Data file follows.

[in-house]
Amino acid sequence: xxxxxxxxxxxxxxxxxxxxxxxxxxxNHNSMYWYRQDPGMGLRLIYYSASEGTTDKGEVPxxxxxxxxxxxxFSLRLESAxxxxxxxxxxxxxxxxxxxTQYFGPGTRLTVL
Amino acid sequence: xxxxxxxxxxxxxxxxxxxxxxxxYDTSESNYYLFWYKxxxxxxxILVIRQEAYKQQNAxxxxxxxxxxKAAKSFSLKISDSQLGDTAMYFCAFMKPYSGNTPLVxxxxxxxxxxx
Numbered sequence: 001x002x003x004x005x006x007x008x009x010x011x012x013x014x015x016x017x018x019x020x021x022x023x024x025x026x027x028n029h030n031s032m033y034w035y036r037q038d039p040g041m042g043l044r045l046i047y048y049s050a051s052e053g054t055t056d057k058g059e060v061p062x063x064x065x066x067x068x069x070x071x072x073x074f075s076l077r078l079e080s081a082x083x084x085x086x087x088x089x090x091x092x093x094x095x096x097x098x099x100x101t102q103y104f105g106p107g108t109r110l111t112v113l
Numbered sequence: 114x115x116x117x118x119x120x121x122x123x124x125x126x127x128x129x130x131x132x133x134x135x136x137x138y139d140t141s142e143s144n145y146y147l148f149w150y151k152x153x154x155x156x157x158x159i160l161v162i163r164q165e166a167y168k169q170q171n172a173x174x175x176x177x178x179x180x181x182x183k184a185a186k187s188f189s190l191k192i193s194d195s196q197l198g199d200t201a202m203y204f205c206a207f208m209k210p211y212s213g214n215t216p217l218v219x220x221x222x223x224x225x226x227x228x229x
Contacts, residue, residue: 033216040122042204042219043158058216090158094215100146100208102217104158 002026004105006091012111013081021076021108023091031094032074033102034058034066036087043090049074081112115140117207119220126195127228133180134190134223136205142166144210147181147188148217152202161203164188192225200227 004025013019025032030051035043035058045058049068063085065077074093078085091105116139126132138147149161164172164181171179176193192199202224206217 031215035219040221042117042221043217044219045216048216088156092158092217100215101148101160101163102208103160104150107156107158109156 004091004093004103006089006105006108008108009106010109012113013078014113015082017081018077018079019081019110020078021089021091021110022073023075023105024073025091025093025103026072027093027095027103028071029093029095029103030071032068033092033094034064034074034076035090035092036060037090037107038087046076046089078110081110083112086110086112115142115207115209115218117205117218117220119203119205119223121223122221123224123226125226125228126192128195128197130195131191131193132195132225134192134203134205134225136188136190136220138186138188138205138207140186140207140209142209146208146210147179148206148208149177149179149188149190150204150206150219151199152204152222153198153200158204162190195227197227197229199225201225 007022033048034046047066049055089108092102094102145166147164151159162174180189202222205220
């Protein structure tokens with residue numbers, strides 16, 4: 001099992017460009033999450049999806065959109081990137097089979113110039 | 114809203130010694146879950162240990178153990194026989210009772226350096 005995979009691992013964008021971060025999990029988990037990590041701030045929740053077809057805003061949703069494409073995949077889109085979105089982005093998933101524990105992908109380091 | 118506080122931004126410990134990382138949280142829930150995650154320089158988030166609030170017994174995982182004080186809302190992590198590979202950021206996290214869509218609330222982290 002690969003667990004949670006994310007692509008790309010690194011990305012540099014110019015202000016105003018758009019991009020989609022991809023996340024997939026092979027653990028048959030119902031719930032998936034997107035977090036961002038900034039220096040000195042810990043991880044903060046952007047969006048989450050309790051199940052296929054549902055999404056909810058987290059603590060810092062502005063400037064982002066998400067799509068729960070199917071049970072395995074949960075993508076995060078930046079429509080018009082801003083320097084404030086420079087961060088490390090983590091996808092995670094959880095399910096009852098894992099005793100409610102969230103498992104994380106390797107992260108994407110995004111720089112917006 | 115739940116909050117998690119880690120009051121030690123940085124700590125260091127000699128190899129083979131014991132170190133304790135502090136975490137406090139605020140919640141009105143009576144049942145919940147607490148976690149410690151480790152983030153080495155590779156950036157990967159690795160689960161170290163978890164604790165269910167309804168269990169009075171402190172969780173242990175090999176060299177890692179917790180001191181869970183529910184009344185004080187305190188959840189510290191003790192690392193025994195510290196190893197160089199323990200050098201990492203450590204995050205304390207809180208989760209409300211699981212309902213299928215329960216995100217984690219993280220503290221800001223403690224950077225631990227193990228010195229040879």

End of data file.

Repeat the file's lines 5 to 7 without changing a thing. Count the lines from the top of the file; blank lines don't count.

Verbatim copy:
Numbered sequence: 114x115x116x117x118x119x120x121x122x123x124x125x126x127x128x129x130x131x132x133x134x135x136x137x138y139d140t141s142e143s144n145y146y147l148f149w150y151k152x153x154x155x156x157x158x159i160l161v162i163r164q165e166a167y168k169q170q171n172a173x174x175x176x177x178x179x180x181x182x183k184a185a186k187s188f189s190l191k192i193s194d195s196q197l198g199d200t201a202m203y204f205c206a207f208m209k210p211y212s213g214n215t216p217l218v219x220x221x222x223x224x225x226x227x228x229x
Contacts, residue, residue: 033216040122042204042219043158058216090158094215100146100208102217104158 002026004105006091012111013081021076021108023091031094032074033102034058034066036087043090049074081112115140117207119220126195127228133180134190134223136205142166144210147181147188148217152202161203164188192225200227 004025013019025032030051035043035058045058049068063085065077074093078085091105116139126132138147149161164172164181171179176193192199202224206217 031215035219040221042117042221043217044219045216048216088156092158092217100215101148101160101163102208103160104150107156107158109156 004091004093004103006089006105006108008108009106010109012113013078014113015082017081018077018079019081019110020078021089021091021110022073023075023105024073025091025093025103026072027093027095027103028071029093029095029103030071032068033092033094034064034074034076035090035092036060037090037107038087046076046089078110081110083112086110086112115142115207115209115218117205117218117220119203119205119223121223122221123224123226125226125228126192128195128197130195131191131193132195132225134192134203134205134225136188136190136220138186138188138205138207140186140207140209142209146208146210147179148206148208149177149179149188149190150204150206150219151199152204152222153198153200158204162190195227197227197229199225201225 007022033048034046047066049055089108092102094102145166147164151159162174180189202222205220
């Protein structure tokens with residue numbers, strides 16, 4: 001099992017460009033999450049999806065959109081990137097089979113110039 | 114809203130010694146879950162240990178153990194026989210009772226350096 005995979009691992013964008021971060025999990029988990037990590041701030045929740053077809057805003061949703069494409073995949077889109085979105089982005093998933101524990105992908109380091 | 118506080122931004126410990134990382138949280142829930150995650154320089158988030166609030170017994174995982182004080186809302190992590198590979202950021206996290214869509218609330222982290 002690969003667990004949670006994310007692509008790309010690194011990305012540099014110019015202000016105003018758009019991009020989609022991809023996340024997939026092979027653990028048959030119902031719930032998936034997107035977090036961002038900034039220096040000195042810990043991880044903060046952007047969006048989450050309790051199940052296929054549902055999404056909810058987290059603590060810092062502005063400037064982002066998400067799509068729960070199917071049970072395995074949960075993508076995060078930046079429509080018009082801003083320097084404030086420079087961060088490390090983590091996808092995670094959880095399910096009852098894992099005793100409610102969230103498992104994380106390797107992260108994407110995004111720089112917006 | 115739940116909050117998690119880690120009051121030690123940085124700590125260091127000699128190899129083979131014991132170190133304790135502090136975490137406090139605020140919640141009105143009576144049942145919940147607490148976690149410690151480790152983030153080495155590779156950036157990967159690795160689960161170290163978890164604790165269910167309804168269990169009075171402190172969780173242990175090999176060299177890692179917790180001191181869970183529910184009344185004080187305190188959840189510290191003790192690392193025994195510290196190893197160089199323990200050098201990492203450590204995050205304390207809180208989760209409300211699981212309902213299928215329960216995100217984690219993280220503290221800001223403690224950077225631990227193990228010195229040879």